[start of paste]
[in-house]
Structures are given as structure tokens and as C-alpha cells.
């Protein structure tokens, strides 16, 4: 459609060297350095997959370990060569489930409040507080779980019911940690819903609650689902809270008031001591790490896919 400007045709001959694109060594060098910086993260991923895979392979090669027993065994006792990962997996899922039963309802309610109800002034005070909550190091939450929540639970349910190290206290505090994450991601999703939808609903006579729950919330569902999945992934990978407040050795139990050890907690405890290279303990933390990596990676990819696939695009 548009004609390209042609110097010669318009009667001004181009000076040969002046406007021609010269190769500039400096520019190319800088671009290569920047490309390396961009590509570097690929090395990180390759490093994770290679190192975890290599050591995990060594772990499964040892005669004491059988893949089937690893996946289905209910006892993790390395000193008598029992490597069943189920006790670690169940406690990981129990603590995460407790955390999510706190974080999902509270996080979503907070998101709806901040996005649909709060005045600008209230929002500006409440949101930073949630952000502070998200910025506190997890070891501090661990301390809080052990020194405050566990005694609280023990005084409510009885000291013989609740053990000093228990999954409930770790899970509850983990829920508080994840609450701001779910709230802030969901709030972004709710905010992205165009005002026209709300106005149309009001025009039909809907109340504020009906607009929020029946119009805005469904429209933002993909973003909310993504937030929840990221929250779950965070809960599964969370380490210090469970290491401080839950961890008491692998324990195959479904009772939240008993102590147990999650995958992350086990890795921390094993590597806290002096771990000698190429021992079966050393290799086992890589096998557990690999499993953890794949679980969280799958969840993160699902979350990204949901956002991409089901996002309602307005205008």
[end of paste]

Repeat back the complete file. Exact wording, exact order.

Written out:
[in-house]
Structures are given as structure tokens and as C-alpha cells.
């Protein structure tokens, strides 16, 4: 459609060297350095997959370990060569489930409040507080779980019911940690819903609650689902809270008031001591790490896919 400007045709001959694109060594060098910086993260991923895979392979090669027993065994006792990962997996899922039963309802309610109800002034005070909550190091939450929540639970349910190290206290505090994450991601999703939808609903006579729950919330569902999945992934990978407040050795139990050890907690405890290279303990933390990596990676990819696939695009 548009004609390209042609110097010669318009009667001004181009000076040969002046406007021609010269190769500039400096520019190319800088671009290569920047490309390396961009590509570097690929090395990180390759490093994770290679190192975890290599050591995990060594772990499964040892005669004491059988893949089937690893996946289905209910006892993790390395000193008598029992490597069943189920006790670690169940406690990981129990603590995460407790955390999510706190974080999902509270996080979503907070998101709806901040996005649909709060005045600008209230929002500006409440949101930073949630952000502070998200910025506190997890070891501090661990301390809080052990020194405050566990005694609280023990005084409510009885000291013989609740053990000093228990999954409930770790899970509850983990829920508080994840609450701001779910709230802030969901709030972004709710905010992205165009005002026209709300106005149309009001025009039909809907109340504020009906607009929020029946119009805005469904429209933002993909973003909310993504937030929840990221929250779950965070809960599964969370380490210090469970290491401080839950961890008491692998324990195959479904009772939240008993102590147990999650995958992350086990890795921390094993590597806290002096771990000698190429021992079966050393290799086992890589096998557990690999499993953890794949679980969280799958969840993160699902979350990204949901956002991409089901996002309602307005205008």